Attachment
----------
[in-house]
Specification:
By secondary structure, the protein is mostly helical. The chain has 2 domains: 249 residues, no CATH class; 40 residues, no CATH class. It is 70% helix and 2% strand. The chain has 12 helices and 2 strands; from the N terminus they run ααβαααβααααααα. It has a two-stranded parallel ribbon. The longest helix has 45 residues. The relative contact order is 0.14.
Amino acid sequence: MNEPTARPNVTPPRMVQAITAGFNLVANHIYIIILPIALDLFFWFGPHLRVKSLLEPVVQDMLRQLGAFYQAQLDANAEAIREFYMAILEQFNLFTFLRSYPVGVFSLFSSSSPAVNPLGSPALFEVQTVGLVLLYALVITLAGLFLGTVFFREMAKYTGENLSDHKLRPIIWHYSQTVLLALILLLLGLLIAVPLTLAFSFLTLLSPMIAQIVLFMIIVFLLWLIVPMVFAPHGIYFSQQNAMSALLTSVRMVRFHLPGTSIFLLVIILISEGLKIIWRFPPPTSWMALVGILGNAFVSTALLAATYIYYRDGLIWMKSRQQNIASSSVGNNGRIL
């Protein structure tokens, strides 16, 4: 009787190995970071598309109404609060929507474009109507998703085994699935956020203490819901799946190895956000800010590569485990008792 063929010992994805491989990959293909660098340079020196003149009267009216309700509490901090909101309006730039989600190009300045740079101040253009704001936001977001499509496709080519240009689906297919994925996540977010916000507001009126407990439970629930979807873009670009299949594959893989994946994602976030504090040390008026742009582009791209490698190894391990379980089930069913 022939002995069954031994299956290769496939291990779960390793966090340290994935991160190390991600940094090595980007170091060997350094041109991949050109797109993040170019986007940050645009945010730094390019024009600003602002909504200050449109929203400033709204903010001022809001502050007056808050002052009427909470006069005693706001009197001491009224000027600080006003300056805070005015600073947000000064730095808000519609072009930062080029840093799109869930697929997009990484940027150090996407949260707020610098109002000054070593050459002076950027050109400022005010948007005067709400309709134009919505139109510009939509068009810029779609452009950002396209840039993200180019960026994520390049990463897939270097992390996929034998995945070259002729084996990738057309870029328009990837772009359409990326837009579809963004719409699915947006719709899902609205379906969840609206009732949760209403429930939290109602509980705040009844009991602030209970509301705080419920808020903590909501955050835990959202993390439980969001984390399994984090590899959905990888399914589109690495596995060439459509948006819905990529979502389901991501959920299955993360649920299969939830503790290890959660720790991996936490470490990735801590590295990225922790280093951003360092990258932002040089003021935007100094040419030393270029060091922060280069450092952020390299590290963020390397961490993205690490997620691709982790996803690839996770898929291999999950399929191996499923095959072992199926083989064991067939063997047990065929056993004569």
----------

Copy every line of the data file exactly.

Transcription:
[in-house]
Specification:
By secondary structure, the protein is mostly helical. The chain has 2 domains: 249 residues, no CATH class; 40 residues, no CATH class. It is 70% helix and 2% strand. The chain has 12 helices and 2 strands; from the N terminus they run ααβαααβααααααα. It has a two-stranded parallel ribbon. The longest helix has 45 residues. The relative contact order is 0.14.
Amino acid sequence: MNEPTARPNVTPPRMVQAITAGFNLVANHIYIIILPIALDLFFWFGPHLRVKSLLEPVVQDMLRQLGAFYQAQLDANAEAIREFYMAILEQFNLFTFLRSYPVGVFSLFSSSSPAVNPLGSPALFEVQTVGLVLLYALVITLAGLFLGTVFFREMAKYTGENLSDHKLRPIIWHYSQTVLLALILLLLGLLIAVPLTLAFSFLTLLSPMIAQIVLFMIIVFLLWLIVPMVFAPHGIYFSQQNAMSALLTSVRMVRFHLPGTSIFLLVIILISEGLKIIWRFPPPTSWMALVGILGNAFVSTALLAATYIYYRDGLIWMKSRQQNIASSSVGNNGRIL
């Protein structure tokens, strides 16, 4: 009787190995970071598309109404609060929507474009109507998703085994699935956020203490819901799946190895956000800010590569485990008792 063929010992994805491989990959293909660098340079020196003149009267009216309700509490901090909101309006730039989600190009300045740079101040253009704001936001977001499509496709080519240009689906297919994925996540977010916000507001009126407990439970629930979807873009670009299949594959893989994946994602976030504090040390008026742009582009791209490698190894391990379980089930069913 022939002995069954031994299956290769496939291990779960390793966090340290994935991160190390991600940094090595980007170091060997350094041109991949050109797109993040170019986007940050645009945010730094390019024009600003602002909504200050449109929203400033709204903010001022809001502050007056808050002052009427909470006069005693706001009197001491009224000027600080006003300056805070005015600073947000000064730095808000519609072009930062080029840093799109869930697929997009990484940027150090996407949260707020610098109002000054070593050459002076950027050109400022005010948007005067709400309709134009919505139109510009939509068009810029779609452009950002396209840039993200180019960026994520390049990463897939270097992390996929034998995945070259002729084996990738057309870029328009990837772009359409990326837009579809963004719409699915947006719709899902609205379906969840609206009732949760209403429930939290109602509980705040009844009991602030209970509301705080419920808020903590909501955050835990959202993390439980969001984390399994984090590899959905990888399914589109690495596995060439459509948006819905990529979502389901991501959920299955993360649920299969939830503790290890959660720790991996936490470490990735801590590295990225922790280093951003360092990258932002040089003021935007100094040419030393270029060091922060280069450092952020390299590290963020390397961490993205690490997620691709982790996803690839996770898929291999999950399929191996499923095959072992199926083989064991067939063997047990065929056993004569």